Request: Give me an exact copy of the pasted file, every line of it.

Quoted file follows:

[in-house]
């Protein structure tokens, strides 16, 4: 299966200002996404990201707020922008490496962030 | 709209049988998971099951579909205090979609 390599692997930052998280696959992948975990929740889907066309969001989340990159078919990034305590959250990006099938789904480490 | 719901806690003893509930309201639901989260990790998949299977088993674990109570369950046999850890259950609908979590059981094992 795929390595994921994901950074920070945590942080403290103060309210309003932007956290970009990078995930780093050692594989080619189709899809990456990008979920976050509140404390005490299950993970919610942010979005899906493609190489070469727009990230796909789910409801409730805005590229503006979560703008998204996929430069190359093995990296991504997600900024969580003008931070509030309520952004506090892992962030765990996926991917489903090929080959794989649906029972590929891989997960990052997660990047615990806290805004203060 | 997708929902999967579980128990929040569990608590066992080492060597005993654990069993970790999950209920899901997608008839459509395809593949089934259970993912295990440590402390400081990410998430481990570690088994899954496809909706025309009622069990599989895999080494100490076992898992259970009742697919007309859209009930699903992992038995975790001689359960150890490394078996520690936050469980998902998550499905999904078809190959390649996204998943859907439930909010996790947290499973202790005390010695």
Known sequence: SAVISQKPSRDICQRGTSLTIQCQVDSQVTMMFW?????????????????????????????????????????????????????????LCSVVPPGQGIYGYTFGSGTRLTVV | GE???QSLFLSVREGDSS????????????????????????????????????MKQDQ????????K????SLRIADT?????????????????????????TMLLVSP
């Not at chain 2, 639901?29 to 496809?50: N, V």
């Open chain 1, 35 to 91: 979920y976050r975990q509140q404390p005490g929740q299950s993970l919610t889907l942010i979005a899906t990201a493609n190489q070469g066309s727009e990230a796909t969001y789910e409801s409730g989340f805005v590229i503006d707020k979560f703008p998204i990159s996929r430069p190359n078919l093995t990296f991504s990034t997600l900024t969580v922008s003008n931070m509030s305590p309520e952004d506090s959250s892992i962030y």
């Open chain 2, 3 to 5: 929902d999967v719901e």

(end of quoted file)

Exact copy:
[in-house]
């Protein structure tokens, strides 16, 4: 299966200002996404990201707020922008490496962030 | 709209049988998971099951579909205090979609 390599692997930052998280696959992948975990929740889907066309969001989340990159078919990034305590959250990006099938789904480490 | 719901806690003893509930309201639901989260990790998949299977088993674990109570369950046999850890259950609908979590059981094992 795929390595994921994901950074920070945590942080403290103060309210309003932007956290970009990078995930780093050692594989080619189709899809990456990008979920976050509140404390005490299950993970919610942010979005899906493609190489070469727009990230796909789910409801409730805005590229503006979560703008998204996929430069190359093995990296991504997600900024969580003008931070509030309520952004506090892992962030765990996926991917489903090929080959794989649906029972590929891989997960990052997660990047615990806290805004203060 | 997708929902999967579980128990929040569990608590066992080492060597005993654990069993970790999950209920899901997608008839459509395809593949089934259970993912295990440590402390400081990410998430481990570690088994899954496809909706025309009622069990599989895999080494100490076992898992259970009742697919007309859209009930699903992992038995975790001689359960150890490394078996520690936050469980998902998550499905999904078809190959390649996204998943859907439930909010996790947290499973202790005390010695």
Known sequence: SAVISQKPSRDICQRGTSLTIQCQVDSQVTMMFW?????????????????????????????????????????????????????????LCSVVPPGQGIYGYTFGSGTRLTVV | GE???QSLFLSVREGDSS????????????????????????????????????MKQDQ????????K????SLRIADT?????????????????????????TMLLVSP
């Not at chain 2, 639901?29 to 496809?50: N, V």
């Open chain 1, 35 to 91: 979920y976050r975990q509140q404390p005490g929740q299950s993970l919610t889907l942010i979005a899906t990201a493609n190489q070469g066309s727009e990230a796909t969001y789910e409801s409730g989340f805005v590229i503006d707020k979560f703008p998204i990159s996929r430069p190359n078919l093995t990296f991504s990034t997600l900024t969580v922008s003008n931070m509030s305590p309520e952004d506090s959250s892992i962030y």
């Open chain 2, 3 to 5: 929902d999967v719901e």